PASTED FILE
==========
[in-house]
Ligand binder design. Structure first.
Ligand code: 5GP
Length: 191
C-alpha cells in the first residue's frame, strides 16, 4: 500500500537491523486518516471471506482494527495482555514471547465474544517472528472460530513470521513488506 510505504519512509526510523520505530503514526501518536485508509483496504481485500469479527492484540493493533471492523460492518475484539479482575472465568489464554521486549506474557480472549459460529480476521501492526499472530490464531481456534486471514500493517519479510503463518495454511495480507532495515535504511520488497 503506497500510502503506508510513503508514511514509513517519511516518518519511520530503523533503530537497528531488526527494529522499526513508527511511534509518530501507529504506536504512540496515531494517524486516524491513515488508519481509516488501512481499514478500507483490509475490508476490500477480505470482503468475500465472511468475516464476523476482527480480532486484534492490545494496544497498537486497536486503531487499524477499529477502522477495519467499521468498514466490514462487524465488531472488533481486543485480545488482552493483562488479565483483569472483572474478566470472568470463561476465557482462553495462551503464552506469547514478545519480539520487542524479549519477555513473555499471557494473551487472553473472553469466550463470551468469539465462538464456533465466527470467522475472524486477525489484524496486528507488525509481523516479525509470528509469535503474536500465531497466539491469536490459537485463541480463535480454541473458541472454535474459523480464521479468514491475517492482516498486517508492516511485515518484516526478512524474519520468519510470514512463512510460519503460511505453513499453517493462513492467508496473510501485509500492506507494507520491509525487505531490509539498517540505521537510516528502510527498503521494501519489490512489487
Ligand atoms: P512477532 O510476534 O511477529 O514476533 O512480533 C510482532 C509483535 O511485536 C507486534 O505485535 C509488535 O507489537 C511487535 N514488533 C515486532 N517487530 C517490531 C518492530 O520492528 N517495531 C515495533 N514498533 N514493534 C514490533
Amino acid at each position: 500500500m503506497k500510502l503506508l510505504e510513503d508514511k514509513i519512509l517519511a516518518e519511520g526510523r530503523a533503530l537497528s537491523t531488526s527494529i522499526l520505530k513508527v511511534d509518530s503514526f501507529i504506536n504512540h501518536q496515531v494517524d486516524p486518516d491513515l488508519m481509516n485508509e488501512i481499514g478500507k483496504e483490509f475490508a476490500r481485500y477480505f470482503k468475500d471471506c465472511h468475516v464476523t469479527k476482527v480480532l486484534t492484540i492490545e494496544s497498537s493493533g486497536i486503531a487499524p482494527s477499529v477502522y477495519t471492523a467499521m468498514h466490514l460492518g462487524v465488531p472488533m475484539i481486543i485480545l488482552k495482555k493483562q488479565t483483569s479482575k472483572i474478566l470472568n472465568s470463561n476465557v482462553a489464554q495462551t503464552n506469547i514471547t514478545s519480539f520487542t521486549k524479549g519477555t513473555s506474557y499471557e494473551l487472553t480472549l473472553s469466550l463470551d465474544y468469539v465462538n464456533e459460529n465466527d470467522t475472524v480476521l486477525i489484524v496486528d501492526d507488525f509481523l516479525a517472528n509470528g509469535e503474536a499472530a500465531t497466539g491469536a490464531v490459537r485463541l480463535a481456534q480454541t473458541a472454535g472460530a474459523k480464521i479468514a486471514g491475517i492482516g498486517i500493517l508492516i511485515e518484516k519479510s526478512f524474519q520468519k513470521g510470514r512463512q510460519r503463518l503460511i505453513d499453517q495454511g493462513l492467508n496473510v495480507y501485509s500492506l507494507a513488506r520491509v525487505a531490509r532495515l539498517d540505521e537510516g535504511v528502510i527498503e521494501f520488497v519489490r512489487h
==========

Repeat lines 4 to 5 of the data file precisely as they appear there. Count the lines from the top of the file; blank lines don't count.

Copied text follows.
Length: 191
C-alpha cells in the first residue's frame, strides 16, 4: 500500500537491523486518516471471506482494527495482555514471547465474544517472528472460530513470521513488506 510505504519512509526510523520505530503514526501518536485508509483496504481485500469479527492484540493493533471492523460492518475484539479482575472465568489464554521486549506474557480472549459460529480476521501492526499472530490464531481456534486471514500493517519479510503463518495454511495480507532495515535504511520488497 503506497500510502503506508510513503508514511514509513517519511516518518519511520530503523533503530537497528531488526527494529522499526513508527511511534509518530501507529504506536504512540496515531494517524486516524491513515488508519481509516488501512481499514478500507483490509475490508476490500477480505470482503468475500465472511468475516464476523476482527480480532486484534492490545494496544497498537486497536486503531487499524477499529477502522477495519467499521468498514466490514462487524465488531472488533481486543485480545488482552493483562488479565483483569472483572474478566470472568470463561476465557482462553495462551503464552506469547514478545519480539520487542524479549519477555513473555499471557494473551487472553473472553469466550463470551468469539465462538464456533465466527470467522475472524486477525489484524496486528507488525509481523516479525509470528509469535503474536500465531497466539491469536490459537485463541480463535480454541473458541472454535474459523480464521479468514491475517492482516498486517508492516511485515518484516526478512524474519520468519510470514512463512510460519503460511505453513499453517493462513492467508496473510501485509500492506507494507520491509525487505531490509539498517540505521537510516528502510527498503521494501519489490512489487